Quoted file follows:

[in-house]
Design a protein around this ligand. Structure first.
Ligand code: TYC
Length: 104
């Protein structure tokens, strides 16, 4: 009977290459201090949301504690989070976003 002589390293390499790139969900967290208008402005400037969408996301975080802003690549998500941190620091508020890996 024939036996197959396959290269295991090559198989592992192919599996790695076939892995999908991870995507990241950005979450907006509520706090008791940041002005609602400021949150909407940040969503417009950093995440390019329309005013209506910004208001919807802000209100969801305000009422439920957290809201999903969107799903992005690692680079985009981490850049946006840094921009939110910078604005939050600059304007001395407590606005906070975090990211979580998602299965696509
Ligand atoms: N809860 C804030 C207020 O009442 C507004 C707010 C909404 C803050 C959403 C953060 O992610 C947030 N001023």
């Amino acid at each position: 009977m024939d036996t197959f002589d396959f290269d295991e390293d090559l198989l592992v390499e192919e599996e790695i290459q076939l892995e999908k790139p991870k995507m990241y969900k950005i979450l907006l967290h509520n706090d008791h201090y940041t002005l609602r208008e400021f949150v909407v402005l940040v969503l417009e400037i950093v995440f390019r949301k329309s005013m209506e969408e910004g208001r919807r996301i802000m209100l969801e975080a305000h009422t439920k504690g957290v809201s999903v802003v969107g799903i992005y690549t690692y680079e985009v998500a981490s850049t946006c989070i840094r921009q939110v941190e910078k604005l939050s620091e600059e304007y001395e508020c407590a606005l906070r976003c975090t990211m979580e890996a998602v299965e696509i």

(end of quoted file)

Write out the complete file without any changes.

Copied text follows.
[in-house]
Design a protein around this ligand. Structure first.
Ligand code: TYC
Length: 104
């Protein structure tokens, strides 16, 4: 009977290459201090949301504690989070976003 002589390293390499790139969900967290208008402005400037969408996301975080802003690549998500941190620091508020890996 024939036996197959396959290269295991090559198989592992192919599996790695076939892995999908991870995507990241950005979450907006509520706090008791940041002005609602400021949150909407940040969503417009950093995440390019329309005013209506910004208001919807802000209100969801305000009422439920957290809201999903969107799903992005690692680079985009981490850049946006840094921009939110910078604005939050600059304007001395407590606005906070975090990211979580998602299965696509
Ligand atoms: N809860 C804030 C207020 O009442 C507004 C707010 C909404 C803050 C959403 C953060 O992610 C947030 N001023």
């Amino acid at each position: 009977m024939d036996t197959f002589d396959f290269d295991e390293d090559l198989l592992v390499e192919e599996e790695i290459q076939l892995e999908k790139p991870k995507m990241y969900k950005i979450l907006l967290h509520n706090d008791h201090y940041t002005l609602r208008e400021f949150v909407v402005l940040v969503l417009e400037i950093v995440f390019r949301k329309s005013m209506e969408e910004g208001r919807r996301i802000m209100l969801e975080a305000h009422t439920k504690g957290v809201s999903v802003v969107g799903i992005y690549t690692y680079e985009v998500a981490s850049t946006c989070i840094r921009q939110v941190e910078k604005l939050s620091e600059e304007y001395e508020c407590a606005l906070r976003c975090t990211m979580e890996a998602v299965e696509i």